Fresh life experience…A very good friend of mine told me a story I would like to share with you with her kind permission. Recently she has found a new job in a medium size company. She was perfectly satisfied with her new position and new tasks. She also got a well equipped working place including her principal tool for work – computer, which actually she inherited from an ex-employee who lately moved to another company. The company could have bought her a new computer, but what for, if there was working one absolutely ownerless. Windows XP already installed along with numerous useful applications, even her favorite Safari was there.
Inspired by favorable circumstances she got down to her duties with enthusiasm and…practically in a couple of minutes she easily found out whom exactly that very computer belonged earlier. Guess how?
At the workplace they haven’t set her corporate email account yet, so she decided to use her personal Gmail account and she typed “gmail.com” in the web browser address line. As soon as the page loaded, she could see former employee’s Gmail inbox, contacts and all other stuff. That is all! The moral – when you run away to another job, do take a minute to properly cover up your tracks.
No, seriously, have you noticed that it is always tempting to put a tick against “remember me on this computer” option and never think about password again. However, I strongly recommend having a seed of doubt in everything about IT security. Before you leave personal data on your computer, check help files, they really help! Gmail Help says “When you check the box [Remember me on this computer] and log in, Gmail sets a cookie (lasting two weeks) to remember you when you return to the site from the same computer.”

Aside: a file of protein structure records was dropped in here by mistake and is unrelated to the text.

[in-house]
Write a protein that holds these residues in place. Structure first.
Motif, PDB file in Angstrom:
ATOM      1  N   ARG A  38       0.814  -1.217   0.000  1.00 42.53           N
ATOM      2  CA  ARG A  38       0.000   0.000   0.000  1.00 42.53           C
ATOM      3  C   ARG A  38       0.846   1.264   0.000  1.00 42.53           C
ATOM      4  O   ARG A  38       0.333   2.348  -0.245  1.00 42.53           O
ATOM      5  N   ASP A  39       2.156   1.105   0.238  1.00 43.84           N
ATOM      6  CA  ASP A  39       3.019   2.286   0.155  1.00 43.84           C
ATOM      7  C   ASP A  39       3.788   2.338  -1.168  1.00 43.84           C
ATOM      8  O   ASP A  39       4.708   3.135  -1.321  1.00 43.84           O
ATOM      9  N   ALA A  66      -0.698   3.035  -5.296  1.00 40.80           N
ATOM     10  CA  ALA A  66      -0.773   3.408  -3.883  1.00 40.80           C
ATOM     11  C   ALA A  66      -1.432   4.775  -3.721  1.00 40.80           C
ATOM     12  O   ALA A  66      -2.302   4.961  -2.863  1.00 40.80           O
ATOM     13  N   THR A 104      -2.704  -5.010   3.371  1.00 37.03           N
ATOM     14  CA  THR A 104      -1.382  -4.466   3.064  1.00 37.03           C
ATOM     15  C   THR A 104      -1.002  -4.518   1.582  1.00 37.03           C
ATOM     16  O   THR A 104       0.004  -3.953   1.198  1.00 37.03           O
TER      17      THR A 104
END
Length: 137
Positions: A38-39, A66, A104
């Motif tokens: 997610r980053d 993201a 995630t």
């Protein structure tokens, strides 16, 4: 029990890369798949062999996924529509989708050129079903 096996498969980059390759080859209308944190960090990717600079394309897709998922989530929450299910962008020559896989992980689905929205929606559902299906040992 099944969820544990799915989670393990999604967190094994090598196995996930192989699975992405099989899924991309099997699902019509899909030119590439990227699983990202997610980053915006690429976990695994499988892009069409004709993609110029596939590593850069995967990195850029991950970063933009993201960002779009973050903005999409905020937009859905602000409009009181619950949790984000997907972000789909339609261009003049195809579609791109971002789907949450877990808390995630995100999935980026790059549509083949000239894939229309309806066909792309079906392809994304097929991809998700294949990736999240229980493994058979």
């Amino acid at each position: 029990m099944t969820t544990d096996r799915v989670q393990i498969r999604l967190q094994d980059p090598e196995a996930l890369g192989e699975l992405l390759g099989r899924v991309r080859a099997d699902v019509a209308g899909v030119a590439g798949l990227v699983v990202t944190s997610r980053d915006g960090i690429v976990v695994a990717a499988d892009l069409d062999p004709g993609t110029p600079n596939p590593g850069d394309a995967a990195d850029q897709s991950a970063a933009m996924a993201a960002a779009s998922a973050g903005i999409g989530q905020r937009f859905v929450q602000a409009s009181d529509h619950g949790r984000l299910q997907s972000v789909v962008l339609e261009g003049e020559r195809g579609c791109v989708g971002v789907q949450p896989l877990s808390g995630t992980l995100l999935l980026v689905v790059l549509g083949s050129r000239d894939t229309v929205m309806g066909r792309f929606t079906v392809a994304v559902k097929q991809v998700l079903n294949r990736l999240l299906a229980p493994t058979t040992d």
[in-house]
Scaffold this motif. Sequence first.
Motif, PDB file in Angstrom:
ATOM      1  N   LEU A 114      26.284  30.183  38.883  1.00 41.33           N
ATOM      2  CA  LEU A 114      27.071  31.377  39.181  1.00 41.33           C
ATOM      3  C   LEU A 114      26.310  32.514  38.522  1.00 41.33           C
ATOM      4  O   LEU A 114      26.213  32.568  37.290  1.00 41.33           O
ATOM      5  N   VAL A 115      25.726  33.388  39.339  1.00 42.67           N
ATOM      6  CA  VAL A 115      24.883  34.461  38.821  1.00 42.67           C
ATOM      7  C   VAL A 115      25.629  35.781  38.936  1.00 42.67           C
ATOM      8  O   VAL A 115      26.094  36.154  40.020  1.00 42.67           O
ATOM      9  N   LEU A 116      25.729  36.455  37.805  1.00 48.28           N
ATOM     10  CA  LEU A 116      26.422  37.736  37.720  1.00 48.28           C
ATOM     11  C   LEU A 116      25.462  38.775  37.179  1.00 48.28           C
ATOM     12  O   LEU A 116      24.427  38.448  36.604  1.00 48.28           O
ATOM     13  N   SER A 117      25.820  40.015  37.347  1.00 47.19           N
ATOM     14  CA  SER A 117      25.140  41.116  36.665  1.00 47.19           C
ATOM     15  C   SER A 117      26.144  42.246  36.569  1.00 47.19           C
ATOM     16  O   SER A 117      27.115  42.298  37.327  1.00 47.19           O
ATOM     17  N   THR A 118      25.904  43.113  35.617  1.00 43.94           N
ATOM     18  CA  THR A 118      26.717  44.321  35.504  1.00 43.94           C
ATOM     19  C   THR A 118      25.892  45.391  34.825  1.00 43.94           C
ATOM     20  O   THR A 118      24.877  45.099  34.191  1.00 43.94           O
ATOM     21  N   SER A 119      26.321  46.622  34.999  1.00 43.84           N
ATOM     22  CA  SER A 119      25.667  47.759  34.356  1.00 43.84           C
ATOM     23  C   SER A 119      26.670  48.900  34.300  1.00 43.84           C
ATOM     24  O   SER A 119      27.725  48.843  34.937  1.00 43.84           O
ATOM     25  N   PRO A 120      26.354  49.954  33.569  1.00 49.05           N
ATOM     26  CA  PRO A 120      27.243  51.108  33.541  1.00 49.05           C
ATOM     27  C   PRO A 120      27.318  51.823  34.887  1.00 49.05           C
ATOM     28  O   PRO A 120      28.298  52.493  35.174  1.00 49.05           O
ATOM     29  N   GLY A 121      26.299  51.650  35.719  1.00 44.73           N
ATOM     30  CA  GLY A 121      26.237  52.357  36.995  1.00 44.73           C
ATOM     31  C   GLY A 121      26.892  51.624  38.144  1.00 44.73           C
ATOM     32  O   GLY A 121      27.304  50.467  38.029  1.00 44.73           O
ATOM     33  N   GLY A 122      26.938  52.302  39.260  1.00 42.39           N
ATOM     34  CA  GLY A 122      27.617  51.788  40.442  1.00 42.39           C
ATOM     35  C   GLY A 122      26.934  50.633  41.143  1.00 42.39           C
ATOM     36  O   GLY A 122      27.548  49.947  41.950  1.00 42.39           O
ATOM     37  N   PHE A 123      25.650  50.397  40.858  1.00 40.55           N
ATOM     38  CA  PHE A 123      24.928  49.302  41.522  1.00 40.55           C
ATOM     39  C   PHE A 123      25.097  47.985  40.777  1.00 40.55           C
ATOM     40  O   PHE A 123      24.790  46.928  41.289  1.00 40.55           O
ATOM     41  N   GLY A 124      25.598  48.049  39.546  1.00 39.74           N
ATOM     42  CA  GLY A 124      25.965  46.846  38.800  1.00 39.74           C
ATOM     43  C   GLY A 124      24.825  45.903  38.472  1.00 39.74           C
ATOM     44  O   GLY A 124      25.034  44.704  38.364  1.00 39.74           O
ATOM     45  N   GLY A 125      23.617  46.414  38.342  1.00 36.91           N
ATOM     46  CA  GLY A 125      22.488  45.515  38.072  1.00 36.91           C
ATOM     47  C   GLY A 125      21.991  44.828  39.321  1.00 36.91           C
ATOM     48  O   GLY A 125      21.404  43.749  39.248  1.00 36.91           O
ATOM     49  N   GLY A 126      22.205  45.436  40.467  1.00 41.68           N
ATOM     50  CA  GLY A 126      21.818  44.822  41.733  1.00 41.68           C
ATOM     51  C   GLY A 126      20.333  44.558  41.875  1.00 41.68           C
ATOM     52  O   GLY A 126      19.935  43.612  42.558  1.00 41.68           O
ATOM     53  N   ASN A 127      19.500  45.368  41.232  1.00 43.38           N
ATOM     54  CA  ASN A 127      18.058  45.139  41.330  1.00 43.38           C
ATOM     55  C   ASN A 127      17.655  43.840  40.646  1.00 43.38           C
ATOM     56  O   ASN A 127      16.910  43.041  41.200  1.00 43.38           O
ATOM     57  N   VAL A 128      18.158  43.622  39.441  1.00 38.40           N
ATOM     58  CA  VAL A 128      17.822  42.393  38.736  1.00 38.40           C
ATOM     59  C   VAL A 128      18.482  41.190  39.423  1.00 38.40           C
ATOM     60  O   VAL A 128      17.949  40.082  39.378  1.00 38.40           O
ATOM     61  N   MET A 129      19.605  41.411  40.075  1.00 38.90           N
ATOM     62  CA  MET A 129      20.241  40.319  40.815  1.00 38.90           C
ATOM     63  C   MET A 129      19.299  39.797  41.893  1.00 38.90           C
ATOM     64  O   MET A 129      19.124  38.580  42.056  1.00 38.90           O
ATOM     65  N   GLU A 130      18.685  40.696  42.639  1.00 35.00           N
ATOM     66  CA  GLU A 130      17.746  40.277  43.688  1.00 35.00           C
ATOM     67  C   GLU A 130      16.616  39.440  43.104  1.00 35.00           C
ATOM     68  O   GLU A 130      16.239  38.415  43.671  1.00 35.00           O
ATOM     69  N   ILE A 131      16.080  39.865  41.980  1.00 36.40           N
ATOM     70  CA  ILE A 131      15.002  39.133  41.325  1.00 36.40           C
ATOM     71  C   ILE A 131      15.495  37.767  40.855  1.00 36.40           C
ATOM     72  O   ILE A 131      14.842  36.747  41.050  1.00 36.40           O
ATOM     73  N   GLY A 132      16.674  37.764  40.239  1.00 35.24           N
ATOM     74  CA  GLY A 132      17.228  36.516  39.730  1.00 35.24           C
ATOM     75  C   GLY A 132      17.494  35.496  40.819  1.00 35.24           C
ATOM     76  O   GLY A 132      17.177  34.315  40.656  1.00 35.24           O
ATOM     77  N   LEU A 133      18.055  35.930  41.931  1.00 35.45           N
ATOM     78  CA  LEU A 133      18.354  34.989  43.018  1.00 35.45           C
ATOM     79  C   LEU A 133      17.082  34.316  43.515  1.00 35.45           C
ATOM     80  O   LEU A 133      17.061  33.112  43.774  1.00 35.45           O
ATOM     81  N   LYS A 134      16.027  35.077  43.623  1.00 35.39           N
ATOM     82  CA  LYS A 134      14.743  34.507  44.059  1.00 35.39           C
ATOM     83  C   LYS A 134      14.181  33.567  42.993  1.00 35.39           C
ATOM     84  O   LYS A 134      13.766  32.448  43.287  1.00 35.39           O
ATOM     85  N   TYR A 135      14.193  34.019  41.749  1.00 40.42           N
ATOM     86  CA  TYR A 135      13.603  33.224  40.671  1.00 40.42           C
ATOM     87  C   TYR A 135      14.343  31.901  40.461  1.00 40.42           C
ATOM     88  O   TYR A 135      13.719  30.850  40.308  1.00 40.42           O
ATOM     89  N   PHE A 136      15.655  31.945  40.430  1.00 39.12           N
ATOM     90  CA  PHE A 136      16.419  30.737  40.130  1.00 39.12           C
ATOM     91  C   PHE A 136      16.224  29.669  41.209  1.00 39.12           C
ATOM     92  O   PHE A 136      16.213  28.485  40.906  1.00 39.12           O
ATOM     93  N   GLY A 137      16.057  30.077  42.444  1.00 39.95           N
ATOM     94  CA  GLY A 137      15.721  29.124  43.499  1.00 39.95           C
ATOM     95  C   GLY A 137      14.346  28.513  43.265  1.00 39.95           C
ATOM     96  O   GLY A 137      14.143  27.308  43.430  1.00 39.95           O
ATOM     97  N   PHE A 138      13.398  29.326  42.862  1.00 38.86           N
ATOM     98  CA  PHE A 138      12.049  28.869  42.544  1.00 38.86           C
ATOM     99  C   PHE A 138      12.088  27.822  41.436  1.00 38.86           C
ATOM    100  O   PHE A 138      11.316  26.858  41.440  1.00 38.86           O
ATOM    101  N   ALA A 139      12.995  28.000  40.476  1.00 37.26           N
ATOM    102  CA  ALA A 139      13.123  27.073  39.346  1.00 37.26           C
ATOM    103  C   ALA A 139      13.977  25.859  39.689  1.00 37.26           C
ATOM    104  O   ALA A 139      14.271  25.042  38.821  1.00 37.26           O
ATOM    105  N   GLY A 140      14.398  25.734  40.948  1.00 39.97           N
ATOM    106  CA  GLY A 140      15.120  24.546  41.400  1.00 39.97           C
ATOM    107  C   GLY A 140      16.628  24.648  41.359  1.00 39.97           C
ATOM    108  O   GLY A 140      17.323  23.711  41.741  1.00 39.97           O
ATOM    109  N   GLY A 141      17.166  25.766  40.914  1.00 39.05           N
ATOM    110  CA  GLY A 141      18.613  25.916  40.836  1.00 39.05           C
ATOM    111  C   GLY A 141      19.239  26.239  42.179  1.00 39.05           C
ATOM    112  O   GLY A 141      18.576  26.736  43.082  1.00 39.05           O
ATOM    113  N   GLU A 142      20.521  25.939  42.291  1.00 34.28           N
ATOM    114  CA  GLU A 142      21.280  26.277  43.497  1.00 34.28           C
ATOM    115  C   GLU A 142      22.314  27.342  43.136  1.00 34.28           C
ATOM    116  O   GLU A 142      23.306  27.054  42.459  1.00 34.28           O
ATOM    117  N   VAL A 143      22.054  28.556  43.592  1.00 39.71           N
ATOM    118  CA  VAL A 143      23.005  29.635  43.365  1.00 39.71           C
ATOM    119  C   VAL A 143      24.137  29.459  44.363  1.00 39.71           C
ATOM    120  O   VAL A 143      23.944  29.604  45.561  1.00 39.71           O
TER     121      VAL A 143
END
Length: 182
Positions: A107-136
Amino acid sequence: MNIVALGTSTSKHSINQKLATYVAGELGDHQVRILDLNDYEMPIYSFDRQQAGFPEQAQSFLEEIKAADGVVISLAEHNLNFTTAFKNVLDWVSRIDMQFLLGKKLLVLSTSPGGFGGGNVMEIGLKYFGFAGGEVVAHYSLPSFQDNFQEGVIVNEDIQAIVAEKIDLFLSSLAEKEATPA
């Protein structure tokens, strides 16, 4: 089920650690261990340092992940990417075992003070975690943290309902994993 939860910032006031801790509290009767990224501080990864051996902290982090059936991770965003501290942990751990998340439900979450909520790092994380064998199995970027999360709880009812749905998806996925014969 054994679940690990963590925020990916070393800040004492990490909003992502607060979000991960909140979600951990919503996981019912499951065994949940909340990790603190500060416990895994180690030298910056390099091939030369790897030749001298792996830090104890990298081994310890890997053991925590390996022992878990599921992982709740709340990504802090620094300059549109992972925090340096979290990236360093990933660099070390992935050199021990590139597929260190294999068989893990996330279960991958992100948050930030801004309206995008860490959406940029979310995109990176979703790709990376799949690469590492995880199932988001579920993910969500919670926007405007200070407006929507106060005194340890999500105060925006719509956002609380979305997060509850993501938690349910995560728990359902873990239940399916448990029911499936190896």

Another common praxis is using Gmail and other similar web services through one email client (Outlook, The Bat!, etc.) which is useful indeed, no need to re-enter your password, no need to remember it as well. Even if it happened to get lost Advanced Mailbox Password Recovery restores it in a minute. You see, in the long run it all revolves around physical access. It is very often that users neglect basic protection and such neglectful behavior sooner or later ends up in data leakage. Computer security is not about ciphering; it is about attentiveness when working with computer.